Back to the future for antiparasite vaccines?

Loukas, Alex, and Good, Michael F. (2013) Back to the future for antiparasite vaccines? Expert Review of Vaccines, 12 (1). pp. 1-4.

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[Extract] In a recent review on forward and reverse gazing in vaccinology, Stanley and Susan Plotkin noted that, "As the development of vaccines continues in the 21st century … it is useful to contemplate the past. This is all the more true because there is a great deal of forward gazing, with an explosion of new potential strategies for vaccine development based on genetic engineering, and the hope that systems biology and structural biology will tell us which genes must be upregulated or downregulated and what antigenic constructions are needed to achieve a protective immune response … However, as the future unfolds, the past is sometimes deprecated…" [1]. While their article went on to focus primarily on vaccines for viruses and bacteria, the same philosophies hold true (and perhaps are even accentuated) for parasites. It is generally accepted that it is easier to develop a vaccine against a disease where protective immunity develops naturally and rapidly after early exposure(s). This is the case for many of the bacterial and viral diseases for which vaccines exist. The eukaryotic parasites of humans, however, are a formidable opponent, and effective immunity, if it develops at all, is slow to progress and is by no means sterilizing in many individuals. For the purposes of this editorial, we will focus on some of the most important blood-feeding parasites of humans – the single-celled apicomplexan parasite Plasmodium (the cause of malaria) and the multicellular helminths (hookworms and schistosomes). Together, these parasites cause more than 1 million deaths per year and while drugs are available, they need to be administered frequently to prevent reinfection, and development of drug resistance is a major concern that has fuelled research efforts into vaccine development.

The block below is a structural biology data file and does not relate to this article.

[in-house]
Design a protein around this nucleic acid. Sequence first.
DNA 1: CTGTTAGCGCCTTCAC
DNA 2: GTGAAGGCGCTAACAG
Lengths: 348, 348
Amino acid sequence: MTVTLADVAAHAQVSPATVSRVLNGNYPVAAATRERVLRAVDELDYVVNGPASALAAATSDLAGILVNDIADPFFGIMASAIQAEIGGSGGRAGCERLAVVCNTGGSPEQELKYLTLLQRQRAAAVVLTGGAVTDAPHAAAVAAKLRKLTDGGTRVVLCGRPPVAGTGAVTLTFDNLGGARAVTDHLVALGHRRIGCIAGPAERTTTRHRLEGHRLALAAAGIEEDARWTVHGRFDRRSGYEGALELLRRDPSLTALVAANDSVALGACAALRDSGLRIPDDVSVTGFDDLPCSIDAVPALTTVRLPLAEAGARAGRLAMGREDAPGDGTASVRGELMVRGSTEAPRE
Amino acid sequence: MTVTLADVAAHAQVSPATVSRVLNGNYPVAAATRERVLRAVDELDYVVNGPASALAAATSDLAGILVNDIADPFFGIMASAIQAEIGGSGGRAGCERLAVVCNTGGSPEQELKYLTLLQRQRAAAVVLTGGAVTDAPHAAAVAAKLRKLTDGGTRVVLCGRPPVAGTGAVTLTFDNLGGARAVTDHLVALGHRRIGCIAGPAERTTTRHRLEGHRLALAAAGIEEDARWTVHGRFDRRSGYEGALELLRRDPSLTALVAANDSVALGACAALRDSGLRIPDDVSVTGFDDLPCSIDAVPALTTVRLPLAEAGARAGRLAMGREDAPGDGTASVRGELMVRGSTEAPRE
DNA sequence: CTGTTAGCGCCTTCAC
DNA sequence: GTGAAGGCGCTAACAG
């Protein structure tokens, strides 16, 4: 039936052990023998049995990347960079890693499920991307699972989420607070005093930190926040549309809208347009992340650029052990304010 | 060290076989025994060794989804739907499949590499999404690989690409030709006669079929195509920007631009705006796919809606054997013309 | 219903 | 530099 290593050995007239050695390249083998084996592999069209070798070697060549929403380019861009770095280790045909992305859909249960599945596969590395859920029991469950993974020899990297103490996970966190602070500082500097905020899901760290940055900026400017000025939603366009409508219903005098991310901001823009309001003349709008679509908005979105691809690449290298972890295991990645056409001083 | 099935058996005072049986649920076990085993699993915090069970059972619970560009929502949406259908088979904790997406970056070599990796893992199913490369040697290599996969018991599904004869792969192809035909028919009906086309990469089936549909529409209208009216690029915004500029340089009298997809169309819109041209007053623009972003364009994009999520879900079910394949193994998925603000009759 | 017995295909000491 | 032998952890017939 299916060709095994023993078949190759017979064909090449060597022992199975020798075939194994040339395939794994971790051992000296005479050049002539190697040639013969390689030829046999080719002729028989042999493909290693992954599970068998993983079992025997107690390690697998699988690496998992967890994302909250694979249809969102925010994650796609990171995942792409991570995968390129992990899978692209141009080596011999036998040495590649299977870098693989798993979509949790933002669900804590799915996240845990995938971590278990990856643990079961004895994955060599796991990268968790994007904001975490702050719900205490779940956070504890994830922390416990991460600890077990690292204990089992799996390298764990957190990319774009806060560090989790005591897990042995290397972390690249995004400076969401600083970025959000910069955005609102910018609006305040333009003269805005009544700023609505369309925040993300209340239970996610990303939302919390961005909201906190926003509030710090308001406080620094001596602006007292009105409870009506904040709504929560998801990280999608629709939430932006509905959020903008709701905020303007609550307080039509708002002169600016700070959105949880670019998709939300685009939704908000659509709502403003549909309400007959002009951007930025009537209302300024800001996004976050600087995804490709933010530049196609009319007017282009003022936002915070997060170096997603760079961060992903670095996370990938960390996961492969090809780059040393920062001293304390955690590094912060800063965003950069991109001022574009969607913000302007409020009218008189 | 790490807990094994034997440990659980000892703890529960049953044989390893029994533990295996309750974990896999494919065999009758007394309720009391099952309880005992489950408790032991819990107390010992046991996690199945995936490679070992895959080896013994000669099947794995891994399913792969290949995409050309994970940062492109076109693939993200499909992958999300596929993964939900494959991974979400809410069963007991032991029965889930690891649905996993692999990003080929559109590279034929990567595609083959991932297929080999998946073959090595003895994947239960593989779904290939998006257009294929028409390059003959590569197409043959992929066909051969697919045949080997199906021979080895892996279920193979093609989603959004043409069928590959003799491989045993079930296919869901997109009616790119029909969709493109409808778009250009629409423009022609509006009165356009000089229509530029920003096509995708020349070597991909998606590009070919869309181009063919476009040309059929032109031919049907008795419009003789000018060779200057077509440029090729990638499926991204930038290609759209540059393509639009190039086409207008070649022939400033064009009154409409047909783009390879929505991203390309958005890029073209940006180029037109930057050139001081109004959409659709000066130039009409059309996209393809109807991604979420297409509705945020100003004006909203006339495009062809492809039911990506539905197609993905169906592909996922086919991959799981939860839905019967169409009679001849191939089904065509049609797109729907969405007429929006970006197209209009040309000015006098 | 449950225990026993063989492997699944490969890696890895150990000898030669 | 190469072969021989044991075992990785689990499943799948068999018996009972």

Item ID: 32046
Item Type: Article (Editorial)
ISSN: 1744-8395
Date Deposited: 15 May 2014 01:37
FoR Codes: 11 MEDICAL AND HEALTH SCIENCES > 1108 Medical Microbiology > 110803 Medical Parasitology @ 100%
SEO Codes: 92 HEALTH > 9201 Clinical Health (Organs, Diseases and Abnormal Conditions) > 920109 Infectious Diseases @ 100%
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